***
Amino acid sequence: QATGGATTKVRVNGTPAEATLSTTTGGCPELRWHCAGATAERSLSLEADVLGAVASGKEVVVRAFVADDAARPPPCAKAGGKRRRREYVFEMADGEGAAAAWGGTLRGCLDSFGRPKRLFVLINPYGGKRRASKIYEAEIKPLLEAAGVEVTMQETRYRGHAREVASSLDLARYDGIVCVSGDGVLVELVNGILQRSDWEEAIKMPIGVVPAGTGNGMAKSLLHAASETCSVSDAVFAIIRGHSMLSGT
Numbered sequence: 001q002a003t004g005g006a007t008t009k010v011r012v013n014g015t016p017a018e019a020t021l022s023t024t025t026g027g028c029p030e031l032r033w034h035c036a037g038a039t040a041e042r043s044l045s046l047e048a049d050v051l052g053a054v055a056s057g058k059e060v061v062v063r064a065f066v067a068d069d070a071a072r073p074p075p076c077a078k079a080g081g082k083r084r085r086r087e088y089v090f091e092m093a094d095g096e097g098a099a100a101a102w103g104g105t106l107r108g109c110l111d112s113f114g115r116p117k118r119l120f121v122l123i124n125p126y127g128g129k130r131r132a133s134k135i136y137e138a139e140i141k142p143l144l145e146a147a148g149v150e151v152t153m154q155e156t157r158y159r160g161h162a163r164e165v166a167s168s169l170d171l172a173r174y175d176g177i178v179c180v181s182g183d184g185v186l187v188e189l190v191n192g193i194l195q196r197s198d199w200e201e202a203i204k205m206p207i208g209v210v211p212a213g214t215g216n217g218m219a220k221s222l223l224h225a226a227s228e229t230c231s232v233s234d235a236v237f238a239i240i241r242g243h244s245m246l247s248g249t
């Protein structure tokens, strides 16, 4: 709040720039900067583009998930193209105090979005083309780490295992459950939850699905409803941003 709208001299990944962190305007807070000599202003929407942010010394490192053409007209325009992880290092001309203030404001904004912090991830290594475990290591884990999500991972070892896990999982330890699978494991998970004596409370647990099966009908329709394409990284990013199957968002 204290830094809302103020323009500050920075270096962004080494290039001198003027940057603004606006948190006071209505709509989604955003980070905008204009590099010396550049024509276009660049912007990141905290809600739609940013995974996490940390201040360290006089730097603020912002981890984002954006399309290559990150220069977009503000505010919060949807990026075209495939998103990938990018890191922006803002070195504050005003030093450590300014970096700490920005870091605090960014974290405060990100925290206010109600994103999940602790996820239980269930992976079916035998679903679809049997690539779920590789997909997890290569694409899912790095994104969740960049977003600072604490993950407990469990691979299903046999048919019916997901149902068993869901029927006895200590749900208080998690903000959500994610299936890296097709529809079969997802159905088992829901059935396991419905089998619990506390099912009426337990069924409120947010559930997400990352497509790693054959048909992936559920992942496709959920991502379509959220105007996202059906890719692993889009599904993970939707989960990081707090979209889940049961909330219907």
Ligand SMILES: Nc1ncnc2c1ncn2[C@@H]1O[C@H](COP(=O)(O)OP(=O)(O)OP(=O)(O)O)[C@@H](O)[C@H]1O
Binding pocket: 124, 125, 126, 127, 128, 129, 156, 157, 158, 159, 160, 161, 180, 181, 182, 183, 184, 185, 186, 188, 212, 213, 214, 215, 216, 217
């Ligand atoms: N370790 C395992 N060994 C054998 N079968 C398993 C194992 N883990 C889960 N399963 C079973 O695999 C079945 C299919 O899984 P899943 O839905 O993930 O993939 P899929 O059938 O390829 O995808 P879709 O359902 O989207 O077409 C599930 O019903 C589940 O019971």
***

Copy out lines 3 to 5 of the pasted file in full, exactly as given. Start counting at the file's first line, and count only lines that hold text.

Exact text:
């Protein structure tokens, strides 16, 4: 709040720039900067583009998930193209105090979005083309780490295992459950939850699905409803941003 709208001299990944962190305007807070000599202003929407942010010394490192053409007209325009992880290092001309203030404001904004912090991830290594475990290591884990999500991972070892896990999982330890699978494991998970004596409370647990099966009908329709394409990284990013199957968002 204290830094809302103020323009500050920075270096962004080494290039001198003027940057603004606006948190006071209505709509989604955003980070905008204009590099010396550049024509276009660049912007990141905290809600739609940013995974996490940390201040360290006089730097603020912002981890984002954006399309290559990150220069977009503000505010919060949807990026075209495939998103990938990018890191922006803002070195504050005003030093450590300014970096700490920005870091605090960014974290405060990100925290206010109600994103999940602790996820239980269930992976079916035998679903679809049997690539779920590789997909997890290569694409899912790095994104969740960049977003600072604490993950407990469990691979299903046999048919019916997901149902068993869901029927006895200590749900208080998690903000959500994610299936890296097709529809079969997802159905088992829901059935396991419905089998619990506390099912009426337990069924409120947010559930997400990352497509790693054959048909992936559920992942496709959920991502379509959220105007996202059906890719692993889009599904993970939707989960990081707090979209889940049961909330219907």
Ligand SMILES: Nc1ncnc2c1ncn2[C@@H]1O[C@H](COP(=O)(O)OP(=O)(O)OP(=O)(O)O)[C@@H](O)[C@H]1O
Binding pocket: 124, 125, 126, 127, 128, 129, 156, 157, 158, 159, 160, 161, 180, 181, 182, 183, 184, 185, 186, 188, 212, 213, 214, 215, 216, 217